‘The Penelopiad’ arrives straight from hell


Despite a conspicuous role in one of 2019’s bolder local productions, Abbie Cathcart isn’t a familiar face in local theater. That’s because she played the heavily made-up and unrecognizable “Creature” in Michigan State University Department of Theatre’s “Frankenstein.” 

Making her directorial debut with “The Penelopiad,” audiences once again won’t be able to see her striking face — and she is OK with that. “My acting training definitely has influenced my directing, but directing exercises different muscles than acting,” Cathcart said. “I’ve been focused on honing them more than anything else.”

The Margaret Atwood play is based on her book modeled on “The Odyssey.” Atwood wrote the novella in 2005 and it was first performed as a play in 2007. Using contemporary prose and verse, “The Penelopiad” is a feminist reimagining of Homer’s epic poem. In Atwood’s version, the story is told from the viewpoint of Penelope, Odysseus’ wife, from Hades. 

When Rob Roznowski, head of acting for MSU Department of Theatre, brought the play to Cathcart’s attention, she fell in love with it. 

“I immediately started hearing the soundscape of the show and just became so excited to get started,” she said. “It’s a fascinating, moving story and felt like a fun foundation upon which to experiment with some of my staging ideas.”

She relates to the impossible situation Penelope is in. “She represents all women who are forced to either tear down the world that exists and doesn’t serve them, or risk hurting other women to get ahead,” Cathcart said.

The production will be MSU Department of Theatre’s first live indoor play since the March 2020 shutdown. “It’s invigorating getting back to work with other artists after so long away from in-person theater making,” Cathcart said.

After working for three years at the Commonweal Theatre Co. in her home state of Minnesota, the 27-year-old graduated this year with her MFA from MSU. “I started in 2018 in a cohort of eight,” Cathcart said. “It feels great to revisit my very recent stomping grounds.”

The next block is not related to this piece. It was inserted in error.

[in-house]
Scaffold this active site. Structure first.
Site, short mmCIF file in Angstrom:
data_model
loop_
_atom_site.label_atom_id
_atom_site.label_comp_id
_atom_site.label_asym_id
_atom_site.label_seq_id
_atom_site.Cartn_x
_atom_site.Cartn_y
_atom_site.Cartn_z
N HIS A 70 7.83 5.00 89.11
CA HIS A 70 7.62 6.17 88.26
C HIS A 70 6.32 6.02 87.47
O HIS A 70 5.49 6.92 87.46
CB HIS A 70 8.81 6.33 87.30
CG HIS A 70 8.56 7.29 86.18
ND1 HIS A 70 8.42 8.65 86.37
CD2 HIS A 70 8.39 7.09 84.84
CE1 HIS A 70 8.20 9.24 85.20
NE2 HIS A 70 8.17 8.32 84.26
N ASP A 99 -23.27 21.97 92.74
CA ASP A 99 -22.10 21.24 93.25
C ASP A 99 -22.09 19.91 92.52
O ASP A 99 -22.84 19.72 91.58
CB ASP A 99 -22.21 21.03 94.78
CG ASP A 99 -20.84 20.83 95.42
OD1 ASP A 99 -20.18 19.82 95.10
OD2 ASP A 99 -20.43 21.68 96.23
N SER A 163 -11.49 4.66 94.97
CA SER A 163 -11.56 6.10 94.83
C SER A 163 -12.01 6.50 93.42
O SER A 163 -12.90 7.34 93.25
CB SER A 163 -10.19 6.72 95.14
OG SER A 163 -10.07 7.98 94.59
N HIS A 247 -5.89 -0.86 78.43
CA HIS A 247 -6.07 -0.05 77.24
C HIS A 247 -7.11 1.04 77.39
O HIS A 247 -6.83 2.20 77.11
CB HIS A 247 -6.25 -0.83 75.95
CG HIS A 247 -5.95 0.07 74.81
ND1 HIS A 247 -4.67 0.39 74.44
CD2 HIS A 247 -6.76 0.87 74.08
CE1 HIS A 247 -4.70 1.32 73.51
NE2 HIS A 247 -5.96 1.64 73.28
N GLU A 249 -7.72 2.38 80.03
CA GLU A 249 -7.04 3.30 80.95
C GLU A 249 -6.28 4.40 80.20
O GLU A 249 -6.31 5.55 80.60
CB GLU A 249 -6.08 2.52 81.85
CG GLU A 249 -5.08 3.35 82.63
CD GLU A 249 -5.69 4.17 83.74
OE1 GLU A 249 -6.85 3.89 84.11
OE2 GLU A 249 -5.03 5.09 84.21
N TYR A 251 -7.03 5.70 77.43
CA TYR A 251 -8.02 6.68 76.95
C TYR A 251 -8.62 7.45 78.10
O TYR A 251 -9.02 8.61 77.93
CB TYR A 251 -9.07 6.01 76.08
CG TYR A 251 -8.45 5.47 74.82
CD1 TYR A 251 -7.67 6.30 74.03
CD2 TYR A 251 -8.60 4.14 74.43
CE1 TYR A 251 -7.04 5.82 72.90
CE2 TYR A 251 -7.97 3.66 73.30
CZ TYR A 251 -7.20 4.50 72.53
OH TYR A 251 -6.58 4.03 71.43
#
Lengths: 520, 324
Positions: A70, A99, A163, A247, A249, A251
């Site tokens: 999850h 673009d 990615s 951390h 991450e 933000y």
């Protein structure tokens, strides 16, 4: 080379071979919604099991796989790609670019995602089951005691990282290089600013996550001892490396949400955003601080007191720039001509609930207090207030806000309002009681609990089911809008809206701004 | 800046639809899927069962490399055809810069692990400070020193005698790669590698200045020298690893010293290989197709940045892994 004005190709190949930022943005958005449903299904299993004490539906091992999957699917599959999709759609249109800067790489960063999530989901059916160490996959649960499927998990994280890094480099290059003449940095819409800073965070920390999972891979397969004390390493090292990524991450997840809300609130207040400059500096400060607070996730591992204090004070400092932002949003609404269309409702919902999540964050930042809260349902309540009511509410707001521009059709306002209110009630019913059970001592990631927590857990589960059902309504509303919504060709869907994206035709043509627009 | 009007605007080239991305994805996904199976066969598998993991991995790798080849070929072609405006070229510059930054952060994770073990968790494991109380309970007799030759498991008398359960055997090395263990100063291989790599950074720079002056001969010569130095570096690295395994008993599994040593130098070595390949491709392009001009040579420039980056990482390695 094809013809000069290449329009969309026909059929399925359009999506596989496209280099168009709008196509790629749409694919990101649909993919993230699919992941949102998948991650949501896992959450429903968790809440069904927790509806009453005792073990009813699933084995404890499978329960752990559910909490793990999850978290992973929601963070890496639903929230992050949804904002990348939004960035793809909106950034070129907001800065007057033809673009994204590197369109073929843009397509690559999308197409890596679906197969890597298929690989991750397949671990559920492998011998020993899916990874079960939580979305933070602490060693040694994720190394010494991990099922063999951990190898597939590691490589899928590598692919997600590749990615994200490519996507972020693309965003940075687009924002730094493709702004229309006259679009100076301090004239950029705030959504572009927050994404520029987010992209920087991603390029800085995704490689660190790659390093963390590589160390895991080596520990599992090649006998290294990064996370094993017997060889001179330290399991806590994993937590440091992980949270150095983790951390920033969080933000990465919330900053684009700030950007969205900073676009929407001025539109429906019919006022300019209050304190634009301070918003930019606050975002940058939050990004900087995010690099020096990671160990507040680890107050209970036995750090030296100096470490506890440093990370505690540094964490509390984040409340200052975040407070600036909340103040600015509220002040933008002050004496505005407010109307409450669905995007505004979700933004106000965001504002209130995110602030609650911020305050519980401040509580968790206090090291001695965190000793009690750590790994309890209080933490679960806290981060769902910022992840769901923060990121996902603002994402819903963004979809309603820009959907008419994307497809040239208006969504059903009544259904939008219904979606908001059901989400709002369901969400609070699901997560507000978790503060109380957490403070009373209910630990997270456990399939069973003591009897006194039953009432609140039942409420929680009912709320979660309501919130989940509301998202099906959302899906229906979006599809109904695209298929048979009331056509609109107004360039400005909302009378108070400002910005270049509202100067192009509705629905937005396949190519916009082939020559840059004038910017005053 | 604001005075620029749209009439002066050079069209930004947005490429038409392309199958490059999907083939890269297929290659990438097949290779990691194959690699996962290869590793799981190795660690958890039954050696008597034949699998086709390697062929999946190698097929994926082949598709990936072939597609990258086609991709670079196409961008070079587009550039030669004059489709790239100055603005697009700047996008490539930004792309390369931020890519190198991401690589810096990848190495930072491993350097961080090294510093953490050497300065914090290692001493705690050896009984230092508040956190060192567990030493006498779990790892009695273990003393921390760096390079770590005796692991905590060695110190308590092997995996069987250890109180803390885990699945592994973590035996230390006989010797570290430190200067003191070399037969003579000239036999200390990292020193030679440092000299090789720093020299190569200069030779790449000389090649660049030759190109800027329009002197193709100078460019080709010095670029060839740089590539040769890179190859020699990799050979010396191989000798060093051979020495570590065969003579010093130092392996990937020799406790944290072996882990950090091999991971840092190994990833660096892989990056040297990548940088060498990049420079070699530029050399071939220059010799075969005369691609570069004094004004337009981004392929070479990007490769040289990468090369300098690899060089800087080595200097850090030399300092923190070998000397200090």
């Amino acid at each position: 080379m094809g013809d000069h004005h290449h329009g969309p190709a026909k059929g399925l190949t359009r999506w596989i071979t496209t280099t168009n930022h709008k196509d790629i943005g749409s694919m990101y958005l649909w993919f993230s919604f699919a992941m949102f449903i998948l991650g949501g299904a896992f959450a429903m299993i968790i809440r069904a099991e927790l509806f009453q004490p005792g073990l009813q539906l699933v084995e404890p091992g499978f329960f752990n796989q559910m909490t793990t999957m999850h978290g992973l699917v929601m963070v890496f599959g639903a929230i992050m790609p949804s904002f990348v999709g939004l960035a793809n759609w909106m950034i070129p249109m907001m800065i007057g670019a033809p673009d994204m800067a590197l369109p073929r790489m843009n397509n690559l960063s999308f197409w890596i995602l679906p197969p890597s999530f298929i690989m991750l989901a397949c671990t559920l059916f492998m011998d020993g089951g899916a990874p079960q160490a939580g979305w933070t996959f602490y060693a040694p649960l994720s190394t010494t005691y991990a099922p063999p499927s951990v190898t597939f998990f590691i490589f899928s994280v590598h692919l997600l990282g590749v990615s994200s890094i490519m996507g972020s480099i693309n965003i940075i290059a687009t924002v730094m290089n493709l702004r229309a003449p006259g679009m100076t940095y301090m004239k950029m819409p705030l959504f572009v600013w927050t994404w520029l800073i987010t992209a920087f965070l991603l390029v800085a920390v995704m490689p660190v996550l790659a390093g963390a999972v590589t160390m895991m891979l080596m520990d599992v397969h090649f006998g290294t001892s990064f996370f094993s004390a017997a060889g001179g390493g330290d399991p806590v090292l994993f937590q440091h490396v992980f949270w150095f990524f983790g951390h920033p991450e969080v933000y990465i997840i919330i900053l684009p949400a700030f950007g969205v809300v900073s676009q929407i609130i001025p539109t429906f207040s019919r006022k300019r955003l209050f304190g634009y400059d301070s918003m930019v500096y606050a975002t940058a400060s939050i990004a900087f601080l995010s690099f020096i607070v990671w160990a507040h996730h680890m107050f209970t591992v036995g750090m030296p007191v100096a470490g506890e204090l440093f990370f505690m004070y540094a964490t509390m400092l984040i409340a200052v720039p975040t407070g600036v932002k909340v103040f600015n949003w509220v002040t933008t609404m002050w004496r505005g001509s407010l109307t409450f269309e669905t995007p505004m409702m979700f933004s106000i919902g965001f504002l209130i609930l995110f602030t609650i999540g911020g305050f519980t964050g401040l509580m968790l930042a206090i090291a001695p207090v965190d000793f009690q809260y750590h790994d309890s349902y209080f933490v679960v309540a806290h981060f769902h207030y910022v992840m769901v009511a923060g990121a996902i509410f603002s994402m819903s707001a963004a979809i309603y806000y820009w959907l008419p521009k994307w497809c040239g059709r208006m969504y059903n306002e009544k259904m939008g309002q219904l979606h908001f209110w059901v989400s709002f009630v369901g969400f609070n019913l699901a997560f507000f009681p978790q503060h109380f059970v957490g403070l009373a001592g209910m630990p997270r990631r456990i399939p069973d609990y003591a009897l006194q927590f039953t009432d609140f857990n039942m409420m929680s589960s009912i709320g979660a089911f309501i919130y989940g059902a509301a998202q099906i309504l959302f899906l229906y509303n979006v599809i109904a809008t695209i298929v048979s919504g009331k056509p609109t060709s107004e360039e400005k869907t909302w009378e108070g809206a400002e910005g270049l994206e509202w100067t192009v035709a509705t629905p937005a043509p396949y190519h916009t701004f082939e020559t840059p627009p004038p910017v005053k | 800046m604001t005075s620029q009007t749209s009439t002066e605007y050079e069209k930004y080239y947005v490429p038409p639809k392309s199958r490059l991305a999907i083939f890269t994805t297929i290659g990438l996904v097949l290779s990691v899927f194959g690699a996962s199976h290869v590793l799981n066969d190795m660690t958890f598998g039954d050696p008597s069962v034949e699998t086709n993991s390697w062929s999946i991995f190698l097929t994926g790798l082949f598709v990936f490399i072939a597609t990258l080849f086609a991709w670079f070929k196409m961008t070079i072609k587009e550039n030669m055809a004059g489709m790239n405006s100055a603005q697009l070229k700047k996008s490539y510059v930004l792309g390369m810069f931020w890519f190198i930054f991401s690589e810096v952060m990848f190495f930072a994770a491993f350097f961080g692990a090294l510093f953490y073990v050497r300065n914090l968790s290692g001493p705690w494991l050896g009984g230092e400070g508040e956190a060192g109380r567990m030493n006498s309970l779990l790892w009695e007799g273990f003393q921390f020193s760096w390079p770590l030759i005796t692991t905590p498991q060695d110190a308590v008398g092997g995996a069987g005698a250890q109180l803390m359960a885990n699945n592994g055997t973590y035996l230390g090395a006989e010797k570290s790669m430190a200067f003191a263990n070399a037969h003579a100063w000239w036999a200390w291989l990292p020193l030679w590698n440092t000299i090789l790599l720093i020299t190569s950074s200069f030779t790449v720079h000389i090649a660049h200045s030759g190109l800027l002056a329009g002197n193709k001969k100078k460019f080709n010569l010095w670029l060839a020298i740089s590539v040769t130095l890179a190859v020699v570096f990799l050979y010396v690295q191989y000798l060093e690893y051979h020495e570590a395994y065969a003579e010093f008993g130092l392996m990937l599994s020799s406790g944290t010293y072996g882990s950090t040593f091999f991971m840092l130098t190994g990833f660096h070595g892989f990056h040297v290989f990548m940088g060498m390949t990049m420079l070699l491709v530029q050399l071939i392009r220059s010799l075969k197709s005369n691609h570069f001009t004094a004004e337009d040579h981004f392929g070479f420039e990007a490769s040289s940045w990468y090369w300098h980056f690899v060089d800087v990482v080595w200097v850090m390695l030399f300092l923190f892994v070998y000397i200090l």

“The Penelopiad” is the first offering as part of the new Storefront Theatre Initiative. The Storefront model dictated having an only-one-week run. It’s meant to bring new acting opportunities and a different approach to students. Creative teams are challenged to work with limited rehearsals and resources.  

“It’s characterized by sparse designs, experimental works and an approach that focuses on directing, acting and writing,” Cathcart said. “The set is extremely bare bones.”

Cathcart said that once all the elements come together, it doesn’t feel that way. “The actors’ creativity is the heartbeat of this production, and that’s very exciting,” she said.

She supplied props like flashlights and shawls and crafted the floral crowns and wreaths to add to the rehearsal blocks the department provided. “I’ve gotten all right with a can of spray paint, a hot glue gun and other craft supplies I had at home,” Cathcart said. “The more elaborate props have been pantomimed.”

She said she lucked out getting such a lovely cast of “super smart, interesting artists that have poured themselves into this show.”

Rehearsals with the 10 players have been masked and contact-tracing protocols have been followed. “We have masks that have little plastic windows so we can see their mouths when they speak,” she said. “I’m a person who always has closed-captioning on so this was a nice bonus.”

The hardest part of bringing “The Penelopiad” to the stage for Cathcart was establishing the balance between Penelope as victim and as perpetrator.  

She hopes her direction conveys the message that the status quo can always be questioned. “We’re stronger when all of us can be heard and seen,” she said. “A lack of personal empowerment for some is a poison for many. They’re ideas I want the students in my cast to chew on. Hopefully, they embolden their artistry later in their careers.”

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